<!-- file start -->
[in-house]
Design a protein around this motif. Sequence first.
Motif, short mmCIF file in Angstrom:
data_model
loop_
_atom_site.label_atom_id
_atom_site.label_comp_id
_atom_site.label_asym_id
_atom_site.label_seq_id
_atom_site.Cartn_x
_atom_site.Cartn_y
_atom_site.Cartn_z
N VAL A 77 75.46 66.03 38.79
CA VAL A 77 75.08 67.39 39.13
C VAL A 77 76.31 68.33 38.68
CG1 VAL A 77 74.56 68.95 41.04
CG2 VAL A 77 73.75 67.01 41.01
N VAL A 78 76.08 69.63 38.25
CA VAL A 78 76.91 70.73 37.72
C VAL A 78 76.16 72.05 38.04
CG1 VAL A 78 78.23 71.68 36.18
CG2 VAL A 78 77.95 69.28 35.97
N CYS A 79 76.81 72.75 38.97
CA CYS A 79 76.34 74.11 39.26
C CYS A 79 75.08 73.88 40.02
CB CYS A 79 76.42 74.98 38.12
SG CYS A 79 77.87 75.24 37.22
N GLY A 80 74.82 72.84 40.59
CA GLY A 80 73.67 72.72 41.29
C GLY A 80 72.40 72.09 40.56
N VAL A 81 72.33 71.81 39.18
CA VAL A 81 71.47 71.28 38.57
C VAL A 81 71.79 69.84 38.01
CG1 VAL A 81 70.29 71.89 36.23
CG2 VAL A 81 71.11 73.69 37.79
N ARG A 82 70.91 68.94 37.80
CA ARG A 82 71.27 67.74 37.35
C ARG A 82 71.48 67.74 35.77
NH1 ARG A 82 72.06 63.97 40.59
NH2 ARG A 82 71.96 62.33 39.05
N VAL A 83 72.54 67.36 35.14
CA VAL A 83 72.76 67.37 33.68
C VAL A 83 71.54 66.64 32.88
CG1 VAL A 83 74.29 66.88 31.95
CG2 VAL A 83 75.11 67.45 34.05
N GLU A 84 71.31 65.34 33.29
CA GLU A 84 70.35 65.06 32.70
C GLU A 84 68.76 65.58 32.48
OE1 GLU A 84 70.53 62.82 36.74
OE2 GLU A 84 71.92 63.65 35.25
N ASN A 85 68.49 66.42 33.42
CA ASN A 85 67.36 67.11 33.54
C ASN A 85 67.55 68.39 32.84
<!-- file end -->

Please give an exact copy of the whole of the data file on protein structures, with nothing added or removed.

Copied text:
[in-house]
Design a protein around this motif. Sequence first.
Motif, short mmCIF file in Angstrom:
data_model
loop_
_atom_site.label_atom_id
_atom_site.label_comp_id
_atom_site.label_asym_id
_atom_site.label_seq_id
_atom_site.Cartn_x
_atom_site.Cartn_y
_atom_site.Cartn_z
N VAL A 77 75.46 66.03 38.79
CA VAL A 77 75.08 67.39 39.13
C VAL A 77 76.31 68.33 38.68
CG1 VAL A 77 74.56 68.95 41.04
CG2 VAL A 77 73.75 67.01 41.01
N VAL A 78 76.08 69.63 38.25
CA VAL A 78 76.91 70.73 37.72
C VAL A 78 76.16 72.05 38.04
CG1 VAL A 78 78.23 71.68 36.18
CG2 VAL A 78 77.95 69.28 35.97
N CYS A 79 76.81 72.75 38.97
CA CYS A 79 76.34 74.11 39.26
C CYS A 79 75.08 73.88 40.02
CB CYS A 79 76.42 74.98 38.12
SG CYS A 79 77.87 75.24 37.22
N GLY A 80 74.82 72.84 40.59
CA GLY A 80 73.67 72.72 41.29
C GLY A 80 72.40 72.09 40.56
N VAL A 81 72.33 71.81 39.18
CA VAL A 81 71.47 71.28 38.57
C VAL A 81 71.79 69.84 38.01
CG1 VAL A 81 70.29 71.89 36.23
CG2 VAL A 81 71.11 73.69 37.79
N ARG A 82 70.91 68.94 37.80
CA ARG A 82 71.27 67.74 37.35
C ARG A 82 71.48 67.74 35.77
NH1 ARG A 82 72.06 63.97 40.59
NH2 ARG A 82 71.96 62.33 39.05
N VAL A 83 72.54 67.36 35.14
CA VAL A 83 72.76 67.37 33.68
C VAL A 83 71.54 66.64 32.88
CG1 VAL A 83 74.29 66.88 31.95
CG2 VAL A 83 75.11 67.45 34.05
N GLU A 84 71.31 65.34 33.29
CA GLU A 84 70.35 65.06 32.70
C GLU A 84 68.76 65.58 32.48
OE1 GLU A 84 70.53 62.82 36.74
OE2 GLU A 84 71.92 63.65 35.25
N ASN A 85 68.49 66.42 33.42
CA ASN A 85 67.36 67.11 33.54
C ASN A 85 67.55 68.39 32.84